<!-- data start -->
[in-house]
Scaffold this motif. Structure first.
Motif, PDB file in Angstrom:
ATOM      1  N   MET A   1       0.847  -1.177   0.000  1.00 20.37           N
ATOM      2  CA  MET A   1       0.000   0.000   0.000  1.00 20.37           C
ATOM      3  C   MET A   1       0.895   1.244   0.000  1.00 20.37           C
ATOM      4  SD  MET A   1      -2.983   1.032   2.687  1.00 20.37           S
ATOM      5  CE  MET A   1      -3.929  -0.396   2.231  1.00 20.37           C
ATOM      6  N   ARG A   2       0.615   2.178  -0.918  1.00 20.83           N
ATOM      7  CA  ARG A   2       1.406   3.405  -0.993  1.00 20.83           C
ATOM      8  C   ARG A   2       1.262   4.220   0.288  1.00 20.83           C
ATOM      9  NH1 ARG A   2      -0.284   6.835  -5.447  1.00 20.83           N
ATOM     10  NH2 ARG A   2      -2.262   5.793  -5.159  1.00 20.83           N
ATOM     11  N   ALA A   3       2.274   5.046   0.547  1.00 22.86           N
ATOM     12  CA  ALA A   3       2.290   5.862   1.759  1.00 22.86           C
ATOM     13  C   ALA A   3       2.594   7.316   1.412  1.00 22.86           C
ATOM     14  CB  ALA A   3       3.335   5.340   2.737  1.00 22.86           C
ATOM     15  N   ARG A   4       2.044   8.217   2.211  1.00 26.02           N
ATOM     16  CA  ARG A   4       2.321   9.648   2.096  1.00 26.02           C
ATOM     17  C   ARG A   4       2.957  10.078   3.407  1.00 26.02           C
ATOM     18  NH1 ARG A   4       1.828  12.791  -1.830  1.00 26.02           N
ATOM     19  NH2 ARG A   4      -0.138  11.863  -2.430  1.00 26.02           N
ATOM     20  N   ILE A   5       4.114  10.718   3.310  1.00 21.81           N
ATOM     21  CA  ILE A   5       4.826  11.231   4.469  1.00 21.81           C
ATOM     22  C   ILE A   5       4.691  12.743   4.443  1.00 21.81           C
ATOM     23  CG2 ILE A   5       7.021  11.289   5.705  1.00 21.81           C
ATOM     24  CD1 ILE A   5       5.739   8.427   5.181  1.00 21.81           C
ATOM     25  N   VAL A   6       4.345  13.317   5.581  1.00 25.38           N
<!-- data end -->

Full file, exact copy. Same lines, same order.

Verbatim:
[in-house]
Scaffold this motif. Structure first.
Motif, PDB file in Angstrom:
ATOM      1  N   MET A   1       0.847  -1.177   0.000  1.00 20.37           N
ATOM      2  CA  MET A   1       0.000   0.000   0.000  1.00 20.37           C
ATOM      3  C   MET A   1       0.895   1.244   0.000  1.00 20.37           C
ATOM      4  SD  MET A   1      -2.983   1.032   2.687  1.00 20.37           S
ATOM      5  CE  MET A   1      -3.929  -0.396   2.231  1.00 20.37           C
ATOM      6  N   ARG A   2       0.615   2.178  -0.918  1.00 20.83           N
ATOM      7  CA  ARG A   2       1.406   3.405  -0.993  1.00 20.83           C
ATOM      8  C   ARG A   2       1.262   4.220   0.288  1.00 20.83           C
ATOM      9  NH1 ARG A   2      -0.284   6.835  -5.447  1.00 20.83           N
ATOM     10  NH2 ARG A   2      -2.262   5.793  -5.159  1.00 20.83           N
ATOM     11  N   ALA A   3       2.274   5.046   0.547  1.00 22.86           N
ATOM     12  CA  ALA A   3       2.290   5.862   1.759  1.00 22.86           C
ATOM     13  C   ALA A   3       2.594   7.316   1.412  1.00 22.86           C
ATOM     14  CB  ALA A   3       3.335   5.340   2.737  1.00 22.86           C
ATOM     15  N   ARG A   4       2.044   8.217   2.211  1.00 26.02           N
ATOM     16  CA  ARG A   4       2.321   9.648   2.096  1.00 26.02           C
ATOM     17  C   ARG A   4       2.957  10.078   3.407  1.00 26.02           C
ATOM     18  NH1 ARG A   4       1.828  12.791  -1.830  1.00 26.02           N
ATOM     19  NH2 ARG A   4      -0.138  11.863  -2.430  1.00 26.02           N
ATOM     20  N   ILE A   5       4.114  10.718   3.310  1.00 21.81           N
ATOM     21  CA  ILE A   5       4.826  11.231   4.469  1.00 21.81           C
ATOM     22  C   ILE A   5       4.691  12.743   4.443  1.00 21.81           C
ATOM     23  CG2 ILE A   5       7.021  11.289   5.705  1.00 21.81           C
ATOM     24  CD1 ILE A   5       5.739   8.427   5.181  1.00 21.81           C
ATOM     25  N   VAL A   6       4.345  13.317   5.581  1.00 25.38           N